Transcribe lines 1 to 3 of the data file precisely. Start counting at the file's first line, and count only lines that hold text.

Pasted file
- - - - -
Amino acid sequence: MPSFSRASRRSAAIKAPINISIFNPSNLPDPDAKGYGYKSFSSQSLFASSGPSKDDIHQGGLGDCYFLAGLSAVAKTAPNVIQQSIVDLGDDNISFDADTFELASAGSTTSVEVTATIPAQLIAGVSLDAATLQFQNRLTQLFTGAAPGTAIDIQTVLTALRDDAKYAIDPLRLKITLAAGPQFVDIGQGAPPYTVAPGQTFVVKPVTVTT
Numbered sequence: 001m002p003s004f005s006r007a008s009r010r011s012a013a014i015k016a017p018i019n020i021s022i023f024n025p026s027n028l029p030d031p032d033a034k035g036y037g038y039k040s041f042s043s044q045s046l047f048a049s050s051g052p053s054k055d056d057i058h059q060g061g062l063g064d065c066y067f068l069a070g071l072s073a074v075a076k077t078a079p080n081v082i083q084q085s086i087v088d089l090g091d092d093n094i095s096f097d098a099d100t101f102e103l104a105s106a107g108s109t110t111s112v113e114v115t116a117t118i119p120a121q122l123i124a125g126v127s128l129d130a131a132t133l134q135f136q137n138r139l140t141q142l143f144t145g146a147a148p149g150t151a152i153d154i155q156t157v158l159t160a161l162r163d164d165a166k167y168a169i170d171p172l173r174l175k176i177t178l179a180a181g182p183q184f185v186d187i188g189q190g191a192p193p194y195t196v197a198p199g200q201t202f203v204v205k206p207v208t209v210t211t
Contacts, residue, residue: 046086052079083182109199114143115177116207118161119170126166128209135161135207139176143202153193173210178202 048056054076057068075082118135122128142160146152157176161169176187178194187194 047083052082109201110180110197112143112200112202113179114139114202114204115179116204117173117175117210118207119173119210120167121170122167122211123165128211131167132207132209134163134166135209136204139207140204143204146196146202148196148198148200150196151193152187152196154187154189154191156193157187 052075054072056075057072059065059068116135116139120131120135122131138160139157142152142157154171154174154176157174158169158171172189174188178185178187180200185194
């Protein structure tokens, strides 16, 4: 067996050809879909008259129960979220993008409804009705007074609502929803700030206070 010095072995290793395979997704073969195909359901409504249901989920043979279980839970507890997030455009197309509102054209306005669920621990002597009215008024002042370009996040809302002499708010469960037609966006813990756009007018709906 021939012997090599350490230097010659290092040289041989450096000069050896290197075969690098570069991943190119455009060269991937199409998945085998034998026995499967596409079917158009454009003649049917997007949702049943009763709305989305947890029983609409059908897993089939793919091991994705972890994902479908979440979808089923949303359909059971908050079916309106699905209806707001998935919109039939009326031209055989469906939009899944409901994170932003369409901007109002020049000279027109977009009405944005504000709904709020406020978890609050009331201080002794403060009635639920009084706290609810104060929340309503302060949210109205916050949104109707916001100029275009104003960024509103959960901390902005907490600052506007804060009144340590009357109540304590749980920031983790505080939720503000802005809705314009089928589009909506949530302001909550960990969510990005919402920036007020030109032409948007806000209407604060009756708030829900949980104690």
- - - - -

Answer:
Amino acid sequence: MPSFSRASRRSAAIKAPINISIFNPSNLPDPDAKGYGYKSFSSQSLFASSGPSKDDIHQGGLGDCYFLAGLSAVAKTAPNVIQQSIVDLGDDNISFDADTFELASAGSTTSVEVTATIPAQLIAGVSLDAATLQFQNRLTQLFTGAAPGTAIDIQTVLTALRDDAKYAIDPLRLKITLAAGPQFVDIGQGAPPYTVAPGQTFVVKPVTVTT
Numbered sequence: 001m002p003s004f005s006r007a008s009r010r011s012a013a014i015k016a017p018i019n020i021s022i023f024n025p026s027n028l029p030d031p032d033a034k035g036y037g038y039k040s041f042s043s044q045s046l047f048a049s050s051g052p053s054k055d056d057i058h059q060g061g062l063g064d065c066y067f068l069a070g071l072s073a074v075a076k077t078a079p080n081v082i083q084q085s086i087v088d089l090g091d092d093n094i095s096f097d098a099d100t101f102e103l104a105s106a107g108s109t110t111s112v113e114v115t116a117t118i119p120a121q122l123i124a125g126v127s128l129d130a131a132t133l134q135f136q137n138r139l140t141q142l143f144t145g146a147a148p149g150t151a152i153d154i155q156t157v158l159t160a161l162r163d164d165a166k167y168a169i170d171p172l173r174l175k176i177t178l179a180a181g182p183q184f185v186d187i188g189q190g191a192p193p194y195t196v197a198p199g200q201t202f203v204v205k206p207v208t209v210t211t
Contacts, residue, residue: 046086052079083182109199114143115177116207118161119170126166128209135161135207139176143202153193173210178202 048056054076057068075082118135122128142160146152157176161169176187178194187194 047083052082109201110180110197112143112200112202113179114139114202114204115179116204117173117175117210118207119173119210120167121170122167122211123165128211131167132207132209134163134166135209136204139207140204143204146196146202148196148198148200150196151193152187152196154187154189154191156193157187 052075054072056075057072059065059068116135116139120131120135122131138160139157142152142157154171154174154176157174158169158171172189174188178185178187180200185194